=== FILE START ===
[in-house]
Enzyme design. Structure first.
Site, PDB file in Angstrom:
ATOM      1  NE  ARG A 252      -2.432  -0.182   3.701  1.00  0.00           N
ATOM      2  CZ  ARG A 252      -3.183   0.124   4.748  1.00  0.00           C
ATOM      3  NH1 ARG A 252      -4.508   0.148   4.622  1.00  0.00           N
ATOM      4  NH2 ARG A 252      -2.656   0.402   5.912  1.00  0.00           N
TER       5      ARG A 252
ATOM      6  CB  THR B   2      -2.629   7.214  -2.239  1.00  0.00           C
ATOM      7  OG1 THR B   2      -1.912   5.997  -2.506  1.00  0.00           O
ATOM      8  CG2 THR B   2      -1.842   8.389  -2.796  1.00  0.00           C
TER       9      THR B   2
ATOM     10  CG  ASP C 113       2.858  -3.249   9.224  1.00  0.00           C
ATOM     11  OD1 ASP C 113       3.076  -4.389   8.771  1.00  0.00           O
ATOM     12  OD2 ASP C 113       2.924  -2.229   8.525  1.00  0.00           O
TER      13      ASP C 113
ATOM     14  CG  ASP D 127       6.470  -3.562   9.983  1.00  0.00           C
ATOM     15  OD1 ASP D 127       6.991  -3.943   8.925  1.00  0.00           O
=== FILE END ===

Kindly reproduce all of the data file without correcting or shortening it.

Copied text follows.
[in-house]
Enzyme design. Structure first.
Site, PDB file in Angstrom:
ATOM      1  NE  ARG A 252      -2.432  -0.182   3.701  1.00  0.00           N
ATOM      2  CZ  ARG A 252      -3.183   0.124   4.748  1.00  0.00           C
ATOM      3  NH1 ARG A 252      -4.508   0.148   4.622  1.00  0.00           N
ATOM      4  NH2 ARG A 252      -2.656   0.402   5.912  1.00  0.00           N
TER       5      ARG A 252
ATOM      6  CB  THR B   2      -2.629   7.214  -2.239  1.00  0.00           C
ATOM      7  OG1 THR B   2      -1.912   5.997  -2.506  1.00  0.00           O
ATOM      8  CG2 THR B   2      -1.842   8.389  -2.796  1.00  0.00           C
TER       9      THR B   2
ATOM     10  CG  ASP C 113       2.858  -3.249   9.224  1.00  0.00           C
ATOM     11  OD1 ASP C 113       3.076  -4.389   8.771  1.00  0.00           O
ATOM     12  OD2 ASP C 113       2.924  -2.229   8.525  1.00  0.00           O
TER      13      ASP C 113
ATOM     14  CG  ASP D 127       6.470  -3.562   9.983  1.00  0.00           C
ATOM     15  OD1 ASP D 127       6.991  -3.943   8.925  1.00  0.00           O